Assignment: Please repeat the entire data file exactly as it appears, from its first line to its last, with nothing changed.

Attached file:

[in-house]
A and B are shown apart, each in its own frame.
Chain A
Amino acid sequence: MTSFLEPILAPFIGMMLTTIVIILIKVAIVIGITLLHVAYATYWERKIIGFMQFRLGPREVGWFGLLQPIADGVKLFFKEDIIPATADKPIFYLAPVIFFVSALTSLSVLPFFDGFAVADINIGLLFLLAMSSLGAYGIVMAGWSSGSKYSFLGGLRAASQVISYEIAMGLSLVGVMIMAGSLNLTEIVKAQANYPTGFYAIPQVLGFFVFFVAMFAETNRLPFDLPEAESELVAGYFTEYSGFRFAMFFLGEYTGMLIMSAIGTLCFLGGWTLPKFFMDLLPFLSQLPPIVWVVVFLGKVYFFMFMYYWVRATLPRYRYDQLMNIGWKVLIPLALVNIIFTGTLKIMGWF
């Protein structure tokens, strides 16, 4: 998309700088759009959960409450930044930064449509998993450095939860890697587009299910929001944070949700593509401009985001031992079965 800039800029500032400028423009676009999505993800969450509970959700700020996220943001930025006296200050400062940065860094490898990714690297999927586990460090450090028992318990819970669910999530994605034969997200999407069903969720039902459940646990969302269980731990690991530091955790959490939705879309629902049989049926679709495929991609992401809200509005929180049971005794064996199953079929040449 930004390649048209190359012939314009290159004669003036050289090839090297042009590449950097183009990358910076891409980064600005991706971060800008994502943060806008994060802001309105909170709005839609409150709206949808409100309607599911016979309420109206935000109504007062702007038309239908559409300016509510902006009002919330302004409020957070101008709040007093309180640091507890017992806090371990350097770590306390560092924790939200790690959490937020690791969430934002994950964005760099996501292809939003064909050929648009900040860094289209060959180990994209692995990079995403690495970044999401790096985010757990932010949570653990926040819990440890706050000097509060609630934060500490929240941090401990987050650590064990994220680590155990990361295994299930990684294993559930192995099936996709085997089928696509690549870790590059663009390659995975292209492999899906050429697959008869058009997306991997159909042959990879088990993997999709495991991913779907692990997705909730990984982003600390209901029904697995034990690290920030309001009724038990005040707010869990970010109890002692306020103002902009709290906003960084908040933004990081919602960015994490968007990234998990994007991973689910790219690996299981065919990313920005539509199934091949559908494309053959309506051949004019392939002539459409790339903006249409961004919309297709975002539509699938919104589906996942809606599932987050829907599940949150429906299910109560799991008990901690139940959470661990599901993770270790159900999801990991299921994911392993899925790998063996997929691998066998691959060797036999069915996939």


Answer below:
[in-house]
A and B are shown apart, each in its own frame.
Chain A
Amino acid sequence: MTSFLEPILAPFIGMMLTTIVIILIKVAIVIGITLLHVAYATYWERKIIGFMQFRLGPREVGWFGLLQPIADGVKLFFKEDIIPATADKPIFYLAPVIFFVSALTSLSVLPFFDGFAVADINIGLLFLLAMSSLGAYGIVMAGWSSGSKYSFLGGLRAASQVISYEIAMGLSLVGVMIMAGSLNLTEIVKAQANYPTGFYAIPQVLGFFVFFVAMFAETNRLPFDLPEAESELVAGYFTEYSGFRFAMFFLGEYTGMLIMSAIGTLCFLGGWTLPKFFMDLLPFLSQLPPIVWVVVFLGKVYFFMFMYYWVRATLPRYRYDQLMNIGWKVLIPLALVNIIFTGTLKIMGWF
């Protein structure tokens, strides 16, 4: 998309700088759009959960409450930044930064449509998993450095939860890697587009299910929001944070949700593509401009985001031992079965 800039800029500032400028423009676009999505993800969450509970959700700020996220943001930025006296200050400062940065860094490898990714690297999927586990460090450090028992318990819970669910999530994605034969997200999407069903969720039902459940646990969302269980731990690991530091955790959490939705879309629902049989049926679709495929991609992401809200509005929180049971005794064996199953079929040449 930004390649048209190359012939314009290159004669003036050289090839090297042009590449950097183009990358910076891409980064600005991706971060800008994502943060806008994060802001309105909170709005839609409150709206949808409100309607599911016979309420109206935000109504007062702007038309239908559409300016509510902006009002919330302004409020957070101008709040007093309180640091507890017992806090371990350097770590306390560092924790939200790690959490937020690791969430934002994950964005760099996501292809939003064909050929648009900040860094289209060959180990994209692995990079995403690495970044999401790096985010757990932010949570653990926040819990440890706050000097509060609630934060500490929240941090401990987050650590064990994220680590155990990361295994299930990684294993559930192995099936996709085997089928696509690549870790590059663009390659995975292209492999899906050429697959008869058009997306991997159909042959990879088990993997999709495991991913779907692990997705909730990984982003600390209901029904697995034990690290920030309001009724038990005040707010869990970010109890002692306020103002902009709290906003960084908040933004990081919602960015994490968007990234998990994007991973689910790219690996299981065919990313920005539509199934091949559908494309053959309506051949004019392939002539459409790339903006249409961004919309297709975002539509699938919104589906996942809606599932987050829907599940949150429906299910109560799991008990901690139940959470661990599901993770270790159900999801990991299921994911392993899925790998063996997929691998066998691959060797036999069915996939």